The European Union is trying to persuade Iran to abandon its uranium enrichment program, which the United States fears could be used to manufacture nuclear weapons (search). Iran has repeatedly insisted its nuclear activities are peaceful.
"(The negotiations) are moving, but the final evaluation will be by mid-March," Foreign Minister Kamel Kharrazi said after a meeting in Hungary's capital. "We have to wait until then to have exactly our conclusion on how the negotiations have gone."
Under a deal struck last year with France, Britain and Germany, Iran suspended its uranium enrichment program amid talks on economic, political and technological aid. Iran plans to decide soon whether to continue its suspension, which is monitored by U.N. nuclear inspectors.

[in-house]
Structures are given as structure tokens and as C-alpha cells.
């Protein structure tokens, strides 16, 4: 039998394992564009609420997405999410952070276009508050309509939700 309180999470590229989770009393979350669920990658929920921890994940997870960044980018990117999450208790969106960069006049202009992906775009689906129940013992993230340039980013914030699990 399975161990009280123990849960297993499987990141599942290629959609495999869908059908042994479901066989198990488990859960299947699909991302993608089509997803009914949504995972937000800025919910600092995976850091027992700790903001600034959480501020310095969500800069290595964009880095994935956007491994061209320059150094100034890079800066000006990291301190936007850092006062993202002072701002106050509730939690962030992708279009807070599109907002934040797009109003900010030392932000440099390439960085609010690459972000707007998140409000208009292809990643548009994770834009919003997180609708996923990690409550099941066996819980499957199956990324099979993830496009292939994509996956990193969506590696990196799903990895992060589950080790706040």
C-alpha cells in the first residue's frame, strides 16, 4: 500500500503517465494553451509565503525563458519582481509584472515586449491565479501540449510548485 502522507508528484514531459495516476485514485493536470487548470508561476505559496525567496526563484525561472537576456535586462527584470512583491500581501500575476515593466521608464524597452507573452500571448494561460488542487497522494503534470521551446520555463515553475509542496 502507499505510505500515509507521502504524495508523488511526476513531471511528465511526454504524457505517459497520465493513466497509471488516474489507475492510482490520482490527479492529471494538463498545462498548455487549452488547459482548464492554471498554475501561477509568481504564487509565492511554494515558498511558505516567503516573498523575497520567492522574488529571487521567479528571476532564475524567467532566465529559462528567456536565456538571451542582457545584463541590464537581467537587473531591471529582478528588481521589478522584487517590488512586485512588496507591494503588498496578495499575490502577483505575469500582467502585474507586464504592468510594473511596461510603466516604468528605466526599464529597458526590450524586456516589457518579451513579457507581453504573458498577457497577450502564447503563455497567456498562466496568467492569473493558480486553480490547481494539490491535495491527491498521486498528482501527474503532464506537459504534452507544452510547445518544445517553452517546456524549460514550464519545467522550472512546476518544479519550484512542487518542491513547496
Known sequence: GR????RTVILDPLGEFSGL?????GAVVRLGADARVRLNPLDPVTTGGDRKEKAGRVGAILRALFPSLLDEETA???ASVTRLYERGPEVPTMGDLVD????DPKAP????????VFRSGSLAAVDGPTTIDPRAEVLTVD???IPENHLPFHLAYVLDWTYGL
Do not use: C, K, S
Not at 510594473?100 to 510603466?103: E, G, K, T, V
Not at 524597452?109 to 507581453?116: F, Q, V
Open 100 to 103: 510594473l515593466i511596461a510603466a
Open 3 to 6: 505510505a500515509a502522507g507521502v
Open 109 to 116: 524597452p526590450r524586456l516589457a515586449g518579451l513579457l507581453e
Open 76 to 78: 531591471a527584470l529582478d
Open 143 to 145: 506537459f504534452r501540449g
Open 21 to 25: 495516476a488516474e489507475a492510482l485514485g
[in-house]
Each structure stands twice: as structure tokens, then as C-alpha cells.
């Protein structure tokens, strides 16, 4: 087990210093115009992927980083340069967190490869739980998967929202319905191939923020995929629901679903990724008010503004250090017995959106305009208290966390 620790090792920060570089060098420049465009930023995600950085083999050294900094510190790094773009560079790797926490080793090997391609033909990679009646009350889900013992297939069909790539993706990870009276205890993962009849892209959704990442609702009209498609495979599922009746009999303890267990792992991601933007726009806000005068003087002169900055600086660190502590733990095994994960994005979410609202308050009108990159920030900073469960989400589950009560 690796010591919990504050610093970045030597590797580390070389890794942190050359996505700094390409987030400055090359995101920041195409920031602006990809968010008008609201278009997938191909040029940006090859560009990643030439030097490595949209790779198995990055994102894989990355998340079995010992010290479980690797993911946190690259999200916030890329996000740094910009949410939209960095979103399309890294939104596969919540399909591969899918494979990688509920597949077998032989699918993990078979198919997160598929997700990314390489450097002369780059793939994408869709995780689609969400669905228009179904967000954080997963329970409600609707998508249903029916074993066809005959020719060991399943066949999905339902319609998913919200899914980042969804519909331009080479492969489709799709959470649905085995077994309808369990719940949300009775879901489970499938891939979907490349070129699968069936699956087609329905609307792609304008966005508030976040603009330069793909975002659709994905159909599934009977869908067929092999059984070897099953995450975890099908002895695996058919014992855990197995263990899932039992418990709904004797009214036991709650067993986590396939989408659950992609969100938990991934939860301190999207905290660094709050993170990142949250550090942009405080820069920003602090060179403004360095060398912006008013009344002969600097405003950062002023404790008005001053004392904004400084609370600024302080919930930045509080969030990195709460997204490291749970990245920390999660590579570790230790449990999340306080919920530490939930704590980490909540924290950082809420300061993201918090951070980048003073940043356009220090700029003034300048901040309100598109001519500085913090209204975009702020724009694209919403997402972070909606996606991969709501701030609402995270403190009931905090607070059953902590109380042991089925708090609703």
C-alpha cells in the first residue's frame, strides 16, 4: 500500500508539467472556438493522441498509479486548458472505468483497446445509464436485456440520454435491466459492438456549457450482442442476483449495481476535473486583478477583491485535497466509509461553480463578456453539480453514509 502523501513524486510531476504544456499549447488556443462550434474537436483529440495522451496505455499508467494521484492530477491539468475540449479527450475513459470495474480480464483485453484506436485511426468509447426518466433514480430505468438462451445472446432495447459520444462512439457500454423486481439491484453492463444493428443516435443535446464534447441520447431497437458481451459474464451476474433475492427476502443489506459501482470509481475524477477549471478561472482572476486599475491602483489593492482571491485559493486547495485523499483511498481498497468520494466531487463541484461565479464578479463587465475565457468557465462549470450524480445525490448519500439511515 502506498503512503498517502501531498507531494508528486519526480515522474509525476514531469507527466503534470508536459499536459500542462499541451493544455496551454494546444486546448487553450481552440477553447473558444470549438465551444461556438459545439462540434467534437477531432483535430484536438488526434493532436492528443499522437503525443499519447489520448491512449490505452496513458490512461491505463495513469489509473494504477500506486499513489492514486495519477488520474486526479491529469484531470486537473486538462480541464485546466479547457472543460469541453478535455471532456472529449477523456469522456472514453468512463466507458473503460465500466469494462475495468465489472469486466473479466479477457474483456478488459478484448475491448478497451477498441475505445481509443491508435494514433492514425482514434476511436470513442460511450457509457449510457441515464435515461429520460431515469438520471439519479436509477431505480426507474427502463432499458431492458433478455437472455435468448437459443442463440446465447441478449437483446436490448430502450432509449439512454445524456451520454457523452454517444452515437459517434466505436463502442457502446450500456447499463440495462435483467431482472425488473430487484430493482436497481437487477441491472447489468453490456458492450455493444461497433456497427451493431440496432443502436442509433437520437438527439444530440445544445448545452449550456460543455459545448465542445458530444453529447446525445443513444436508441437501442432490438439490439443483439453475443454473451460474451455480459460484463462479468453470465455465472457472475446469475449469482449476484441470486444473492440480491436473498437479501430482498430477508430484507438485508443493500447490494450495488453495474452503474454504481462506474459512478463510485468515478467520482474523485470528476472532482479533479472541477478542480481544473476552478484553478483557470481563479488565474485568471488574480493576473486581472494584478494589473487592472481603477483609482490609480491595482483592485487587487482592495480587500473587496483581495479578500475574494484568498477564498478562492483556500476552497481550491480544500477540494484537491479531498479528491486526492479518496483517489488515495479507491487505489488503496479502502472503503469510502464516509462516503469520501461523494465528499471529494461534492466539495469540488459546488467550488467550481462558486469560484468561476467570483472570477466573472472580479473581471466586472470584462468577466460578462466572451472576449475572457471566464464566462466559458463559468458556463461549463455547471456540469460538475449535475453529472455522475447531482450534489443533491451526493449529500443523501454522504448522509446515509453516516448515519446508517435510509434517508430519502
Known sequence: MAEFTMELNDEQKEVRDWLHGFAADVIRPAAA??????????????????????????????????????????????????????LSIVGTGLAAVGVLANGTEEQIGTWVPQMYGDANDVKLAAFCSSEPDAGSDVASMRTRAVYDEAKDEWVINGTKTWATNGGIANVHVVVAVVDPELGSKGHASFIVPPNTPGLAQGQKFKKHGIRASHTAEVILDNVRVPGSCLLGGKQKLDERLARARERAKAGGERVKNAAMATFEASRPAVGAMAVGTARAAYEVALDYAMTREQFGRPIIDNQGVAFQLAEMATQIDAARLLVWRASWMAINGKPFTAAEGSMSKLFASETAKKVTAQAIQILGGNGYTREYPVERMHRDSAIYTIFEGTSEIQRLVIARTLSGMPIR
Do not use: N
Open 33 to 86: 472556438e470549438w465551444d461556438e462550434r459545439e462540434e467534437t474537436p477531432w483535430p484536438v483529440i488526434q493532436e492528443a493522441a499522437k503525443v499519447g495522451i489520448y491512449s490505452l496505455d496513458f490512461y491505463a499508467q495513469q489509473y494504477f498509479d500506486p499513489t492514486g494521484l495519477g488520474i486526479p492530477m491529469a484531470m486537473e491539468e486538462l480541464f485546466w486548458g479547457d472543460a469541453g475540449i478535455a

"We are hopeful that it (negotiations) may lead to very fruitful agreement," Kharrazi said.
Asked about North Korea's recent announcement that it possessed nuclear weapons, he said the Iranian situation was different because, unlike Pyongyang, Tehran allows the U.N. nuclear agency to inspect.
He said Iran was honoring the Nuclear Non-Proliferation Treaty, the international agreement barring the spread of nuclear weapons.
"Iran has been sticking to membership of the NPT and has always welcomed the inspectors of the IAEA," he said. "The IAEA inspectors are currently in Iran carrying out inspections."